Moody's has assigned the Sam Rayburn debt its lowest investment grade rating of Baa after downgrading the bonds last year when the agency restructured its debt. The restructuring was done to lower future rate increases to customers and make the agency more competitive as it attempted to sell surplus energy.
Moody's, Fitch, and Standard & Poor's will evaluate their ratings after meeting with Sam Rayburn officials on Jan. 17 and Jan. 18, but Standard & Poor's is the only one that has put the bond rating on formal watch.
Jim Gilley, a partner at Coastal Securities in Houston and the power agency's financial adviser, disagreed with Standard & Poor's view. "The CreditWatch connotes a significant change in financial operations in the agency, and that is not true. That has not changed since the refinancing was completed," he said. "Nothing has changed but an expectation of S&P when the city of North Little Rock did not contract with Sam Rayburn for power."
Gilley said Sam Rayburn's financial plan was not contingent on selling excess power for several years. At the time of the refinancing he said the agency developed a backup plan to increase rates to cover higher costs. Although very high, the cities have agreed to pay the rates over the life of the bonds. Debt service is scheduled to increase from $15 million in fiscal 1994 to $21 million in fiscal 1999, Gilley said.
"It's a hell or high water contract," Gilley said. "The cities believe in paying their obligations even if they are not happy with the circumstances," he said.
Under the plan, Cox said Sam Rayburn's wholesale rates would rise about 5.7% a year from 1994 to 2002, making them among the highest in the nation. Currently, the agency charges the cities 6.7 cents per kilowatt hour and that will rise to almost 9.6 cents by the turn of the century and 10.5 cents by 2002.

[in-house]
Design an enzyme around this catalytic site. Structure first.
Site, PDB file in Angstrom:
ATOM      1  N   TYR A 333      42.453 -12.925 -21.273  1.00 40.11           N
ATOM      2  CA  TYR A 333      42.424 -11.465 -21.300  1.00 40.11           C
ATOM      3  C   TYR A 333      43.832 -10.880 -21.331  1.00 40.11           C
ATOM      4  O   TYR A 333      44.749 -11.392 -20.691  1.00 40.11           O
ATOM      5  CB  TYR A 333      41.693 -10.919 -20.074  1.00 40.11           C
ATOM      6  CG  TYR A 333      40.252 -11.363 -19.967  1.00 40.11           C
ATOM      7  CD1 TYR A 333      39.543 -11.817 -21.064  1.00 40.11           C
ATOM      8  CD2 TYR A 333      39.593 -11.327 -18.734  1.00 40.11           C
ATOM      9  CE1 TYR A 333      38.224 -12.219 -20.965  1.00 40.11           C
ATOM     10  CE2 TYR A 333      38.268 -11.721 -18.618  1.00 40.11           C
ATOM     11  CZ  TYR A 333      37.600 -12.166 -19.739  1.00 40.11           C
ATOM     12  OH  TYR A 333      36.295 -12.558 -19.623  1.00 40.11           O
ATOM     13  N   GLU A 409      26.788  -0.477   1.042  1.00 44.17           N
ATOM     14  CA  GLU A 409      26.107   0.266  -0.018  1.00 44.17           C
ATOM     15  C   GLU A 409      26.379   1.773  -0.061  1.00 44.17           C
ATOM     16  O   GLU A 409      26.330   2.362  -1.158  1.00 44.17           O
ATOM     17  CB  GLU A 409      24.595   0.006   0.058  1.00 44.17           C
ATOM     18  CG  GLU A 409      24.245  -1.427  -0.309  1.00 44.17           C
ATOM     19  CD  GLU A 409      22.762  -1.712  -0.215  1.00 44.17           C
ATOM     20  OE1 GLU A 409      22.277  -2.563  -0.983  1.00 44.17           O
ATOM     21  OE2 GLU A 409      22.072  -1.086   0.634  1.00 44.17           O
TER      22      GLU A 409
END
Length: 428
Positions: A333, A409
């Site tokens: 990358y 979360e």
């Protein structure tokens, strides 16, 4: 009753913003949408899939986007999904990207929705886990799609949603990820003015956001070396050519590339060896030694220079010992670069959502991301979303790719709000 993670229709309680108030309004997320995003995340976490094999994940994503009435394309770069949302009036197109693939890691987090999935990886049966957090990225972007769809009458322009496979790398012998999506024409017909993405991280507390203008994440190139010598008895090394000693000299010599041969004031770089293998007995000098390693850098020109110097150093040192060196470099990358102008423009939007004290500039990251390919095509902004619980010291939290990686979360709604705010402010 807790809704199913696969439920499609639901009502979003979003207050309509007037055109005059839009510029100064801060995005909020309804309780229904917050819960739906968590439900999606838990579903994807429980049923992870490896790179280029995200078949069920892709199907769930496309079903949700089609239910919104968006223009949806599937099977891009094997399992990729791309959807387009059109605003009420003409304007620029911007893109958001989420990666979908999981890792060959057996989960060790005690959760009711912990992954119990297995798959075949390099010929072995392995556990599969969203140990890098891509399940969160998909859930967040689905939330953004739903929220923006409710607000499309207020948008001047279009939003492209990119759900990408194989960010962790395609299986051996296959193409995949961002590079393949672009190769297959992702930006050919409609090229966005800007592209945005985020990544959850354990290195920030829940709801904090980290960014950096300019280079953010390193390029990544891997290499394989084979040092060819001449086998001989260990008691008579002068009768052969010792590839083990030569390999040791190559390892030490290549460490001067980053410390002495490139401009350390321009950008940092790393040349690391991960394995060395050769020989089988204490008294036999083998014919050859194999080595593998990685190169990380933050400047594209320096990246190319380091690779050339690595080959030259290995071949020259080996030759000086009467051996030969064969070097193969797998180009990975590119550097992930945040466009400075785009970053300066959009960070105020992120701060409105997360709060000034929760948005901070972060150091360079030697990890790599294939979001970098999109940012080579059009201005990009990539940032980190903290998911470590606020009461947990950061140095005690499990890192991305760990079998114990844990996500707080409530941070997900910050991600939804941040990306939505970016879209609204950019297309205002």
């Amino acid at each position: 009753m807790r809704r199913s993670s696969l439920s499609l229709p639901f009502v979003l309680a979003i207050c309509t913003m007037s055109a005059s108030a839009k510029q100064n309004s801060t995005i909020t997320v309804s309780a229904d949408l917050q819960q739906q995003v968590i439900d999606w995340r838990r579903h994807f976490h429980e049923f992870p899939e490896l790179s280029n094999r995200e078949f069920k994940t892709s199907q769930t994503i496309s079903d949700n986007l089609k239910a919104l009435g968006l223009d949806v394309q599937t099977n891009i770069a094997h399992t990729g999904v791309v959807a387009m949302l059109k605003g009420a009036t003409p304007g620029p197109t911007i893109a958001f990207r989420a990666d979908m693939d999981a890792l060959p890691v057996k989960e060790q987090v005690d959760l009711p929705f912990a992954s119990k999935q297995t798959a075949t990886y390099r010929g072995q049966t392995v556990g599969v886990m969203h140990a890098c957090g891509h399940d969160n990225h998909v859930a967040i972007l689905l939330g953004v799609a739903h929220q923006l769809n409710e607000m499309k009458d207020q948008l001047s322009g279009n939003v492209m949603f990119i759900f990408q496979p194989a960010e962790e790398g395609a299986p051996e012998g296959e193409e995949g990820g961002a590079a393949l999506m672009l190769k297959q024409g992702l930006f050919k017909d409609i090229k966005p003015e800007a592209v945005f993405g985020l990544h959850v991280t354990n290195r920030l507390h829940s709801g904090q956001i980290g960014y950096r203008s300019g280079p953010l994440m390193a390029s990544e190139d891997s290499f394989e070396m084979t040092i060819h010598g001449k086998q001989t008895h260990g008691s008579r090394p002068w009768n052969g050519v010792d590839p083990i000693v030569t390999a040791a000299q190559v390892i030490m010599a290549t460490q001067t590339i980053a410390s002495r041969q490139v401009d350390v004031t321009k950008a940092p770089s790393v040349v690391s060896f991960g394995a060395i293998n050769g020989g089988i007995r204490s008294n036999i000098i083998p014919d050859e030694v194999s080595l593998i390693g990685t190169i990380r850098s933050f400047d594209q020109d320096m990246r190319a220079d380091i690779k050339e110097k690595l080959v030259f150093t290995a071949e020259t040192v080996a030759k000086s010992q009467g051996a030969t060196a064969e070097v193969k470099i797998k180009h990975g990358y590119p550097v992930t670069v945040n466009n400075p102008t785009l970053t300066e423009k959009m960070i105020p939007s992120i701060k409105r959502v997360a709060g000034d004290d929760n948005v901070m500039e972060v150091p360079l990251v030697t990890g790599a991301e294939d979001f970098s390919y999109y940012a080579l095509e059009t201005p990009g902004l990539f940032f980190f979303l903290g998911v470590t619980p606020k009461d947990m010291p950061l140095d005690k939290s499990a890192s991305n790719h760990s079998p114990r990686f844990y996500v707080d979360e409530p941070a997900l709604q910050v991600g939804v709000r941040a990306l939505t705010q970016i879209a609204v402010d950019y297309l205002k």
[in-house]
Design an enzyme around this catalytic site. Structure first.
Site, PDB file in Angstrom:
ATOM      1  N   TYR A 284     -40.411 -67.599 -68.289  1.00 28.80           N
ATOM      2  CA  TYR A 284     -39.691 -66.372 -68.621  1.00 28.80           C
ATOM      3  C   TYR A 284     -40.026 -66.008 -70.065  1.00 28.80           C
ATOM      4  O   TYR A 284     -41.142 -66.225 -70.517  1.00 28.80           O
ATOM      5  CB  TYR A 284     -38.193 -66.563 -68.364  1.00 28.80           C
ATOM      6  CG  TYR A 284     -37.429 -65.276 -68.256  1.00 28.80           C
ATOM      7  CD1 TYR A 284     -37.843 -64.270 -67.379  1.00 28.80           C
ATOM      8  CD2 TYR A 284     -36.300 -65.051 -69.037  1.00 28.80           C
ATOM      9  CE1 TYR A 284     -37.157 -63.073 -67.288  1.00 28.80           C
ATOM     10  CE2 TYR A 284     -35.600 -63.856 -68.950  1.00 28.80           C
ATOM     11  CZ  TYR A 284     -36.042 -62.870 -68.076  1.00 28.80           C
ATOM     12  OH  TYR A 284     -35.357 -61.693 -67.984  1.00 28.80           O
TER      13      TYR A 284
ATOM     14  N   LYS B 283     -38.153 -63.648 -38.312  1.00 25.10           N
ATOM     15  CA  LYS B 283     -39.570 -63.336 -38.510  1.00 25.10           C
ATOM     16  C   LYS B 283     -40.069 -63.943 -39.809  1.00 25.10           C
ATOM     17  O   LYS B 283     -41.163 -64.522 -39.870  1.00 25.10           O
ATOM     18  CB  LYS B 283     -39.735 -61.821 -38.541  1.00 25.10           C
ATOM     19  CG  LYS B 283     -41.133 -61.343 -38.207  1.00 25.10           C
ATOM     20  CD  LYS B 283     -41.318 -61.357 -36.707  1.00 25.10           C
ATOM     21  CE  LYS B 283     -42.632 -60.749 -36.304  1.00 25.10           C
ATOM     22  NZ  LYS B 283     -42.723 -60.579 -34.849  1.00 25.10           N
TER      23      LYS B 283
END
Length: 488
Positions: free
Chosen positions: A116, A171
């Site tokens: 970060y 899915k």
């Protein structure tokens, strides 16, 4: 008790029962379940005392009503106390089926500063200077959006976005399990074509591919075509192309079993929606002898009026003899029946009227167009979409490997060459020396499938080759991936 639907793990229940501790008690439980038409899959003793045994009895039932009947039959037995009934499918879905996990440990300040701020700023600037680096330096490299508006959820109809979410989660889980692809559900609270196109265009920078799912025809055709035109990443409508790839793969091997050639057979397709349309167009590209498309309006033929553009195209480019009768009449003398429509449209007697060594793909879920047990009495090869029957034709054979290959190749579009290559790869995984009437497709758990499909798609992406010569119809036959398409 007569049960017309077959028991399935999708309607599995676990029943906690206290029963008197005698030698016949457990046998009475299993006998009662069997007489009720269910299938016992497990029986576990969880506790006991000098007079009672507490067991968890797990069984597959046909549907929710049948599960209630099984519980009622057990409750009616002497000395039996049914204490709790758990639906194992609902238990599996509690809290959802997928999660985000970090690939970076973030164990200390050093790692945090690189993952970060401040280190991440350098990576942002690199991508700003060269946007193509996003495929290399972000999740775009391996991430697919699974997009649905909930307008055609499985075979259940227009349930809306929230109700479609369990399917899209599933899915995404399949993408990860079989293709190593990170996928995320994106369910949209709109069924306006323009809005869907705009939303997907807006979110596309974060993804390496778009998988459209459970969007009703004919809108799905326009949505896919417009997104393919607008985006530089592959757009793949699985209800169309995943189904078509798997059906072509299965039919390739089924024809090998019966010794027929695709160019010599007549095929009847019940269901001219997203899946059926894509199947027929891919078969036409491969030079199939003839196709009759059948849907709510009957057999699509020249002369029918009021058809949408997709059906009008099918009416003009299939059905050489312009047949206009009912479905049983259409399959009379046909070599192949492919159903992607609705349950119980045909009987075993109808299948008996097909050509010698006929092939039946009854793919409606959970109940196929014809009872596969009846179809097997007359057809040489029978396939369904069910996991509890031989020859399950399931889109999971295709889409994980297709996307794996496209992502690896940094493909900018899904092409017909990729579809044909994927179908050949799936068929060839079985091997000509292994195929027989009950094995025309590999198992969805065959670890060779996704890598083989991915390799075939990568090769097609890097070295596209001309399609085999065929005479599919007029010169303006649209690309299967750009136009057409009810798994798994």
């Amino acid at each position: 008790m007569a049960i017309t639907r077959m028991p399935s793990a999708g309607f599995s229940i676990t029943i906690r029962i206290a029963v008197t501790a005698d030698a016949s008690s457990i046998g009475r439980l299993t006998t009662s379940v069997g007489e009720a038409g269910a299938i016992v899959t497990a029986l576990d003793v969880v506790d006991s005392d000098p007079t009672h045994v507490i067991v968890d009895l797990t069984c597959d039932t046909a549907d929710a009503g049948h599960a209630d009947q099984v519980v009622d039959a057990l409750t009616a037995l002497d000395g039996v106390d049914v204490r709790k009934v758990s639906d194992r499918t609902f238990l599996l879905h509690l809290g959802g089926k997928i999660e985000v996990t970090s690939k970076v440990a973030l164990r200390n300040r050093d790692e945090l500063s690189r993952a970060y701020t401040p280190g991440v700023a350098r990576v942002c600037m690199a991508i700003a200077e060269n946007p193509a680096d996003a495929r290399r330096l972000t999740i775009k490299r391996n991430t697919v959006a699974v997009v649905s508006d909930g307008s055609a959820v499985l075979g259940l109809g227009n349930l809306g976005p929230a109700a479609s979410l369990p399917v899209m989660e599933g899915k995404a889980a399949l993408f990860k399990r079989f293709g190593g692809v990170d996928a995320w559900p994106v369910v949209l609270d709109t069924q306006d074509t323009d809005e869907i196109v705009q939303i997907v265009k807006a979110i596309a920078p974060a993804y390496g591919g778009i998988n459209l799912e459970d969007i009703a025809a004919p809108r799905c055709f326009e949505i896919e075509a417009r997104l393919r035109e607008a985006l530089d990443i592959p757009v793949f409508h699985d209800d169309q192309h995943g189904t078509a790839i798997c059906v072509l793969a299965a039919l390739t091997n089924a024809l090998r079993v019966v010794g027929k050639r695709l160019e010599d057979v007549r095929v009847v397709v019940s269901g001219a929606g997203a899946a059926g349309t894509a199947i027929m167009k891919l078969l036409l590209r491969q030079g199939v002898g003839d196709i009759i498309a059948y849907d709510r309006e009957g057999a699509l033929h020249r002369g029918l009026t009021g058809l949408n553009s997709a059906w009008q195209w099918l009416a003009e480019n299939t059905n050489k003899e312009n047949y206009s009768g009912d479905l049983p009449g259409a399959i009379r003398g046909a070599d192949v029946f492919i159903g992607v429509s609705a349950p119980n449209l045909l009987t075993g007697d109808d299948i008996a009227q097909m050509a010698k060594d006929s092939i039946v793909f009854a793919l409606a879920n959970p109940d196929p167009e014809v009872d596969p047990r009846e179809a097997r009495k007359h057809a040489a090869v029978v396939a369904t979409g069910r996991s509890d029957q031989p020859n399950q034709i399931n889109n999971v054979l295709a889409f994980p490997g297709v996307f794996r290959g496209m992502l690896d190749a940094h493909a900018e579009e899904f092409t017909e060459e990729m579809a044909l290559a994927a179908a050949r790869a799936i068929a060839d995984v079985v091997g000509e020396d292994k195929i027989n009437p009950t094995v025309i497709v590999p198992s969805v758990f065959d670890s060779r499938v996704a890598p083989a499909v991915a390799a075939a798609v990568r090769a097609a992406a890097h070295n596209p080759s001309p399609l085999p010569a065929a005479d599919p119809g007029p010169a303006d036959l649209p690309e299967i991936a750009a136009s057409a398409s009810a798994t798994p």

"These rates are expected to be much less competitive than rates of nearby investor and publicly owned utilities," Standard & Poor's said in a release that accompanied the Dec. 17 CreditWatch action. "Without additional power sales, the agency's rates will be burdensome."
Gillis, Sam Rayburn's general counsel, called the rating agency's remarks an "overreaction" and said the power agency has an aggressive program to market surplus energy. "The market seems to have shifted ... People out there are buying power," he said.
In the future, Gillis expects more regional energy demand as power plants age and the natural gas bubble dissipates.
Some bondholders also said they are not concerned. "Personally, I think the bonds are fine," said Robert Rexford, an executive in the trading department at Oppenheimer & Co. in Houston, which recently purchased some of the bonds. "I think the people in Texas and Louisiana are going to pay their bills," he said.
Others said they have been avoiding the bonds for more than a year.
"We never looked closely at Sam Rayburn. It was not something that fit our credit criteria two years ago," said Neil Conkling, a municipal analyst with USAA in San Antonio.
Conkling said bondholders will find it difficult to sell their bonds if the debt is rated junk because most mutual funds have rules banning the purchase on noninvestment grade debt. "They become irritated because it becomes illiquid," he said. "They can't sell it to anyone except a junk bond dealer."
Nevertheless, bond industry sources said most investors knew the risk. "It's not going to be a great shock," one trader said. "I think investors have known that there are problems with the credit."